ROGER COX Gallery images


Published: The Scotsman (TSMag) 15 September 2012

CHRIS Tiso is showing me the edited highlights of the Tiso family scrapbook. There’s a black-and-white shot of his dad, Graham, standing outside his first outdoors gear store on Edinburgh’s Rodney Street in the 1960s, rocking an outrageous pair of stripy bell-bottoms. There’s also a series of colour pictures showing Graham helping Sir Chris Bonington prepare for his Everest expedition of 1972 – one taken in the Tiso family garden, with the crew messing about with a prototype Whillans box tent, another showing a huge wall of snow rolling towards Everest Base Camp following an avalanche of unimaginable proportions. The pick of the bunch, though, is an image from a Tiso’s catalogue produced in the mid-1960s. Graham is pictured modelling what must have been a cutting-edge waterproof jacket at the time, the hood pulled up, a faraway look in his eyes and a cigarette dangling incongruously from his right hand. You can just imagine the photographer saying: “OK Graham, now let’s try a couple without the fag.”

Next month, the chain of outdoors gear stores Graham founded will celebrate its 50th anniversary, and to mark the occasion, Chris, who is now the company’s chief executive, is putting on a series of lectures from three Tiso-sponsored athletes: skier and mountaineer Polly Murray, cyclist and rower Mark Beaumont and all-round outdoorsman Guy Grieve. The trio made appearances at Tiso stores in Aberdeen and Dundee earlier this week, and are due to appear in Glasgow on Tuesday and Edinburgh on Thursday.

The thought of a network of stores all over Scotland – not to mention annual profits of around £1,000,000 a year – would have seemed like pie in the sky to Graham 50 years ago when, with his wife Maude, he swapped a Turner kit car for a van so the couple could transport purpose-built climbing and skiing gear from locations all over Europe to their new shop in Edinburgh. At first, they operated out of the back of a boat shop on Dundas Street. Business was brisk, however, so they were only there for a few months before moving to their first stand-alone premises on Rodney Street.

“There had been people climbing in Scotland since the Twenties,” says Chris, “but by the stage they opened there was a very active scene. What [my parents] did was identify that there was a real dearth of equipment available. In those days, people were buying army and navy surplus gear and then modifying it. There was nothing suitable for climbing being produced or sold in the UK because there wasn’t a mature market, so they were sourcing equipment from all over the world.”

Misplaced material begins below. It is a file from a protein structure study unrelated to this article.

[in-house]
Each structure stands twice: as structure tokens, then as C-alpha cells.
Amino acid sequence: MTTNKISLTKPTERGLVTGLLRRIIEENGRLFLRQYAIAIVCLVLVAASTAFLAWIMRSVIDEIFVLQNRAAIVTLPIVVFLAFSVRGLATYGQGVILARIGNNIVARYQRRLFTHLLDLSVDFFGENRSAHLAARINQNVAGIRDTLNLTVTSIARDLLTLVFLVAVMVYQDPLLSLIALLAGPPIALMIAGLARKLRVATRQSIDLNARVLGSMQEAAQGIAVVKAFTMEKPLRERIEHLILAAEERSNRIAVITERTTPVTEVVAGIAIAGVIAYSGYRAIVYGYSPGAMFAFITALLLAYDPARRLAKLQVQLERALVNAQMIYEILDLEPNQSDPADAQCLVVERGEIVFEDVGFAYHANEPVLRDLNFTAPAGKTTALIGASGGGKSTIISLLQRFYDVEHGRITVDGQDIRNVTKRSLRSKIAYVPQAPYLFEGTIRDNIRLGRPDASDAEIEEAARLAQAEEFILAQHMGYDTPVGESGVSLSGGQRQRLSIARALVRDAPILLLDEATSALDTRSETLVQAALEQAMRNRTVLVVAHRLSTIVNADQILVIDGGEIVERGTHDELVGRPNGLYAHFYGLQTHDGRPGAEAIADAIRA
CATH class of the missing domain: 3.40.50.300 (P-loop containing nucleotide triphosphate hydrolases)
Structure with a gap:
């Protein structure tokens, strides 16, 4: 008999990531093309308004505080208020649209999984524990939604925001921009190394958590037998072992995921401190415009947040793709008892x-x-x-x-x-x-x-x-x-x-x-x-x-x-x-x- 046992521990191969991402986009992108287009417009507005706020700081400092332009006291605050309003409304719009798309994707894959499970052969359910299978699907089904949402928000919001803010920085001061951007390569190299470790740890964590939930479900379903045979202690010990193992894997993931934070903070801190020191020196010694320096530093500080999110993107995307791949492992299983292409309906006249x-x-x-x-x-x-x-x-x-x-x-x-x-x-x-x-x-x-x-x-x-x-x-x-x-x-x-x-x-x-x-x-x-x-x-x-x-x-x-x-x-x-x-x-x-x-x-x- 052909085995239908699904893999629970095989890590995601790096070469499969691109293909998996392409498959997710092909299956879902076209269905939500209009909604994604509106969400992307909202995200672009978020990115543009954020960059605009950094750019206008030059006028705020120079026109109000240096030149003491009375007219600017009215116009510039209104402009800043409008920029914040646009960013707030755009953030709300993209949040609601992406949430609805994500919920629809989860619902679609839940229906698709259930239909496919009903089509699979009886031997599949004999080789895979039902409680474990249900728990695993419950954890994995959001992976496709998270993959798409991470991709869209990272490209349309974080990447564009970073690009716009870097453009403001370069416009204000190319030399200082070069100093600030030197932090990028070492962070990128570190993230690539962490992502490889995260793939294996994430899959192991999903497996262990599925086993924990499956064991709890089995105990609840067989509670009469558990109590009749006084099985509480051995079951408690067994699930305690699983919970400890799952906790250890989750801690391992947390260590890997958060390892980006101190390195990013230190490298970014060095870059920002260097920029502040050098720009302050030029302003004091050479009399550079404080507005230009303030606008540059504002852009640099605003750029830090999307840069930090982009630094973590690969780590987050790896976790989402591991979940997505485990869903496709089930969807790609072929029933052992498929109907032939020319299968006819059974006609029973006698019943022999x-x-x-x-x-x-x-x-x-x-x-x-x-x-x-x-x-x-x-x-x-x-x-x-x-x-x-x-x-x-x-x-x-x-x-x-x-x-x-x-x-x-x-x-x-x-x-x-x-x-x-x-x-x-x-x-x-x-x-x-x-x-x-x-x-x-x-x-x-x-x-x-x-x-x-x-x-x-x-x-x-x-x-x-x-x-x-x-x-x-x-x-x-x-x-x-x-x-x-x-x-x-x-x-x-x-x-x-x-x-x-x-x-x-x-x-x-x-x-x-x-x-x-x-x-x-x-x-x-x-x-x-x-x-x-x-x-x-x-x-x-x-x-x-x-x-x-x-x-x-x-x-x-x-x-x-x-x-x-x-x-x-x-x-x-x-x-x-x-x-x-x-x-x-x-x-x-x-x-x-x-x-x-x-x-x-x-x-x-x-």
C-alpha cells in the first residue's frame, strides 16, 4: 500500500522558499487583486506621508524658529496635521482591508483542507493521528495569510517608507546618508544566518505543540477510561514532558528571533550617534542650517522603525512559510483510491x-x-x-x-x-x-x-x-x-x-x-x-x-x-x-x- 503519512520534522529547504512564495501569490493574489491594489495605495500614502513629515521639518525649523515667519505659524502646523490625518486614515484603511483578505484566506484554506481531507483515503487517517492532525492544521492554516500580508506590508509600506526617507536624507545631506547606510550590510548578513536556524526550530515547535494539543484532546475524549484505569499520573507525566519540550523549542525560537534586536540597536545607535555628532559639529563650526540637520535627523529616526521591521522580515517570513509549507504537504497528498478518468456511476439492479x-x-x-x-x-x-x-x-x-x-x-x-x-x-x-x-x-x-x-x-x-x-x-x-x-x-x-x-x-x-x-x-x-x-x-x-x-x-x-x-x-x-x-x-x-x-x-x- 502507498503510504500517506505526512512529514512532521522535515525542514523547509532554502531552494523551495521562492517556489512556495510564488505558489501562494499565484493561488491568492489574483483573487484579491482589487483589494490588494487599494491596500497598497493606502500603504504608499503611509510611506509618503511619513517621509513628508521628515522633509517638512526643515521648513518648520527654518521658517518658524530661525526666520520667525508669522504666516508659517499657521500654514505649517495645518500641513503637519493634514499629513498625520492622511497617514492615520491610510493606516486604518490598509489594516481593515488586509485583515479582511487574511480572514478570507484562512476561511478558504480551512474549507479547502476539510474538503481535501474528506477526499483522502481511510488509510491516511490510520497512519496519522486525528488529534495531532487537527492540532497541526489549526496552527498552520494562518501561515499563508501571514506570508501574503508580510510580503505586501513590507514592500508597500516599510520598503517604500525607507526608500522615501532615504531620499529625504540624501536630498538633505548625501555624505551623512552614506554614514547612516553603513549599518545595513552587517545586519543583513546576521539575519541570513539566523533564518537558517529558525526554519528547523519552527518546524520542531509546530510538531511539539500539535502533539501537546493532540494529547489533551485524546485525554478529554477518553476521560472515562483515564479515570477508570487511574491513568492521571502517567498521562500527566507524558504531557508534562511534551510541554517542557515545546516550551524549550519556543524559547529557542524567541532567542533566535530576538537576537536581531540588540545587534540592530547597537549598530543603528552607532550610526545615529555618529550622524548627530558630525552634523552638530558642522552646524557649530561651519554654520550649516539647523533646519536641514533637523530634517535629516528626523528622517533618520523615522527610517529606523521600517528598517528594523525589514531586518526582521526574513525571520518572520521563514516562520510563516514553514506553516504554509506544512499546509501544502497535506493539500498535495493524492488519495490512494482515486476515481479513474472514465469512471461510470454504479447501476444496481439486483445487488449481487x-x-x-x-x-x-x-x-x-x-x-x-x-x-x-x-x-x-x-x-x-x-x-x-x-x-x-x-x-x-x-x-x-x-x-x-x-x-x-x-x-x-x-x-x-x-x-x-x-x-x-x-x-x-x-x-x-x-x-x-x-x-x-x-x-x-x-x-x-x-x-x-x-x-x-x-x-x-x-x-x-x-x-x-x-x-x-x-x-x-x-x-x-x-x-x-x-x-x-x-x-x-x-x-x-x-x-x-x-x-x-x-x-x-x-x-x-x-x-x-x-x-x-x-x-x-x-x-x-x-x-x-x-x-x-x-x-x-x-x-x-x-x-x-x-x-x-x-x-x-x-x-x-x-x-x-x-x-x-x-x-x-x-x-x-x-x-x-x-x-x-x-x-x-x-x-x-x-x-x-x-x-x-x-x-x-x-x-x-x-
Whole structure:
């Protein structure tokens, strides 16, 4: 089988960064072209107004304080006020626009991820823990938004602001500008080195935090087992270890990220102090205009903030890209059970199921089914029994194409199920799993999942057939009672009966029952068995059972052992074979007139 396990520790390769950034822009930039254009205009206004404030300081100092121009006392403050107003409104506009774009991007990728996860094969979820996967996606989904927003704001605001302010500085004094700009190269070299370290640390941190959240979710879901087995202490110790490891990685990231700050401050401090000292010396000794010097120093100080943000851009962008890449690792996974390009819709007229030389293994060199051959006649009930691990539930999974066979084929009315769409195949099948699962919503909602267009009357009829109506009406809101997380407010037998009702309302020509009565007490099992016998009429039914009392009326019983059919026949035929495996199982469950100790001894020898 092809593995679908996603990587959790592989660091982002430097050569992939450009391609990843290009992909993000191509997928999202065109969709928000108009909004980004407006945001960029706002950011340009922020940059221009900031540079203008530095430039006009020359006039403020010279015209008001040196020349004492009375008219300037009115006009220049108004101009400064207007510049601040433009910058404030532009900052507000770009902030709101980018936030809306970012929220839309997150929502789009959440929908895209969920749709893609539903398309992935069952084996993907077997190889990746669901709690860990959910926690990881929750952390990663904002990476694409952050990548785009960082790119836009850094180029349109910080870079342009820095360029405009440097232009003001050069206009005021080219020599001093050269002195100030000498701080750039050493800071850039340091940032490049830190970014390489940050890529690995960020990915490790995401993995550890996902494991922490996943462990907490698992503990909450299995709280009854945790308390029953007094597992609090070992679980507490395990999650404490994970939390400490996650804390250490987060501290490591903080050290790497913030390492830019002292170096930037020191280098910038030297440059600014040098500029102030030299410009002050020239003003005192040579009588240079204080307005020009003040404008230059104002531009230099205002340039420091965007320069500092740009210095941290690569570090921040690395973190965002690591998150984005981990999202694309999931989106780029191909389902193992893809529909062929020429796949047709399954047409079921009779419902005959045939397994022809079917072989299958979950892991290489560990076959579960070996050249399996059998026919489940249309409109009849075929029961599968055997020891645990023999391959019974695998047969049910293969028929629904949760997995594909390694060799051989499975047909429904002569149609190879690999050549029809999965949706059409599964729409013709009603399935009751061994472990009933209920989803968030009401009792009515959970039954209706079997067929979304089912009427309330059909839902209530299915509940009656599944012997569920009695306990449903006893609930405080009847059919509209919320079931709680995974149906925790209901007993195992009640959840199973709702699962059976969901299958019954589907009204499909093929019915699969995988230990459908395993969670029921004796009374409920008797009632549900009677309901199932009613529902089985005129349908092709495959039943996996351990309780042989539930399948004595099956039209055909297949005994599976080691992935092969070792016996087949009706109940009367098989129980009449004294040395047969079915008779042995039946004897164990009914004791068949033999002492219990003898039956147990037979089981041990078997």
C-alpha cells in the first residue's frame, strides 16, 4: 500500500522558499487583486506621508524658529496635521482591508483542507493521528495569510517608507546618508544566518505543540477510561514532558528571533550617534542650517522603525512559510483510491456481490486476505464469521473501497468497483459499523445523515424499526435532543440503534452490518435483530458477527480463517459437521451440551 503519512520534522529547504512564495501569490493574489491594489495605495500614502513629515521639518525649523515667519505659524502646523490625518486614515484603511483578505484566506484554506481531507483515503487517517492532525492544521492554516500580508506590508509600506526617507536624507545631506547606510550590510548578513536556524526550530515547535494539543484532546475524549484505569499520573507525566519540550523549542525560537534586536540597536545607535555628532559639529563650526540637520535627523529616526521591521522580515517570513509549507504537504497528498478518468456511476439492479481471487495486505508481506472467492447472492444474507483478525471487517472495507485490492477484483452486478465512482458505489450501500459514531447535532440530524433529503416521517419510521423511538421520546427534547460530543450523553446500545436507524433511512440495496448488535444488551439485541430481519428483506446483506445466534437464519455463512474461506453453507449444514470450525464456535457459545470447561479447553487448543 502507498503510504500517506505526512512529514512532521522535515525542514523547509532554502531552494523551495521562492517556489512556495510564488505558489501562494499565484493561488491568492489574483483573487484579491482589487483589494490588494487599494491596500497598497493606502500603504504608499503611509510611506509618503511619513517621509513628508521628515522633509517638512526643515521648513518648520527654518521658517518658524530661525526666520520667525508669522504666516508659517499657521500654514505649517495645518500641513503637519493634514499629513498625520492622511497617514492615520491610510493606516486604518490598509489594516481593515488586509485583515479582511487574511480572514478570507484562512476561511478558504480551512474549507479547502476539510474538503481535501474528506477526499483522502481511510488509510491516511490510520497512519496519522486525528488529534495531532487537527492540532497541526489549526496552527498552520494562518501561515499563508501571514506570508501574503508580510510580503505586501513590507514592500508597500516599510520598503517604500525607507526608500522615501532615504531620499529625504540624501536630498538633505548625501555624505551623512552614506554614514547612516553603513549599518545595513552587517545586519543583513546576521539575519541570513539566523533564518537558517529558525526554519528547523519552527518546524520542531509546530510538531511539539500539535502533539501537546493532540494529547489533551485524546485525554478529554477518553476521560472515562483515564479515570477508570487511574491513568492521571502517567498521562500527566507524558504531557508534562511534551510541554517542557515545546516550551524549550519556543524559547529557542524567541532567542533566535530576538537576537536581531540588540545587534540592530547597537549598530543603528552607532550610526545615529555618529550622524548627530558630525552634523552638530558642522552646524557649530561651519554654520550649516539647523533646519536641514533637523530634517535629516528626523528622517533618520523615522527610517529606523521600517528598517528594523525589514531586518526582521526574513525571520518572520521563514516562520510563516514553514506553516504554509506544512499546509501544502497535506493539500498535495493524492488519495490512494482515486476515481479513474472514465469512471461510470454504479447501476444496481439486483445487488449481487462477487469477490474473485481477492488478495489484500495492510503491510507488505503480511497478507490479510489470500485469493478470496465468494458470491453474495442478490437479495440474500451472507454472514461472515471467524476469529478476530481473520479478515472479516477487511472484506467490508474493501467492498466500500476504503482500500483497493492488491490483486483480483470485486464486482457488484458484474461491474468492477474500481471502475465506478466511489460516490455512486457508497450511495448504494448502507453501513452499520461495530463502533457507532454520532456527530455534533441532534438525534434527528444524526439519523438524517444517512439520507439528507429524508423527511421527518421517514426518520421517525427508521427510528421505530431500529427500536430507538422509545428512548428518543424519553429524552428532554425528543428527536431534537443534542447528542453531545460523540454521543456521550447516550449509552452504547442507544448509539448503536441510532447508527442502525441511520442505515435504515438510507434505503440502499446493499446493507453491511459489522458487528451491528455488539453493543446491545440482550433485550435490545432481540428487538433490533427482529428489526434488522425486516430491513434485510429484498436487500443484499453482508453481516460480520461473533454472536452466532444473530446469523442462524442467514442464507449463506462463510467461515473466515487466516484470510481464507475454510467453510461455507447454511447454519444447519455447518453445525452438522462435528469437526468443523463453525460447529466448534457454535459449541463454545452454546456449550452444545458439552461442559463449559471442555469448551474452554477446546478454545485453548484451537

All of which made for some interesting family holidays for Chris and his two older brothers.

“When we were kids my parents used to pack us up in the old camper van they had and drive to the continent,” he says. “We would drive to Italy, visit the boot manufacturers, buy the stock, put it in the back of the camper van and then bring it back and sell it.”

Over the next 30 years, the business continued to grow, moving to larger premises on Wellington Place in 1972 before adding a flagship store on Rose Street in 1978. Then, in 1992, disaster struck when Graham was killed in a boating accident. Just 21, Chris suddenly found himself running the family business.

“There was no particular discussion about who was going to do what,” he says, “we all just mucked in to try and hold everything together. Really, it just slowly sort of evolved that I was the one taking the lead.”

Under Chris’s leadership, the company has expanded significantly, acquiring the Alpine Bikes chain in 2006 and the George Fisher store in Keswick in 2007, as well as opening Tiso stores around the country. The core principles of the business, though, have remained the same.

“Obviously there’s been this huge shift to what I call ‘outdoor lifestyle products’”, says Chris. “It’s a big opportunity for us, of course, but it’s also a big challenge, because we’ve built up a reputation as specialists. If you’re a serious climber and you come into Tiso you expect us to sell quality, technical ice tools, and the minute we lose sight of that we lose our status as a specialist and we start to lose our credibility. We’ve got 50 years invested in that, so it’s certainly not going to happen on my watch.”

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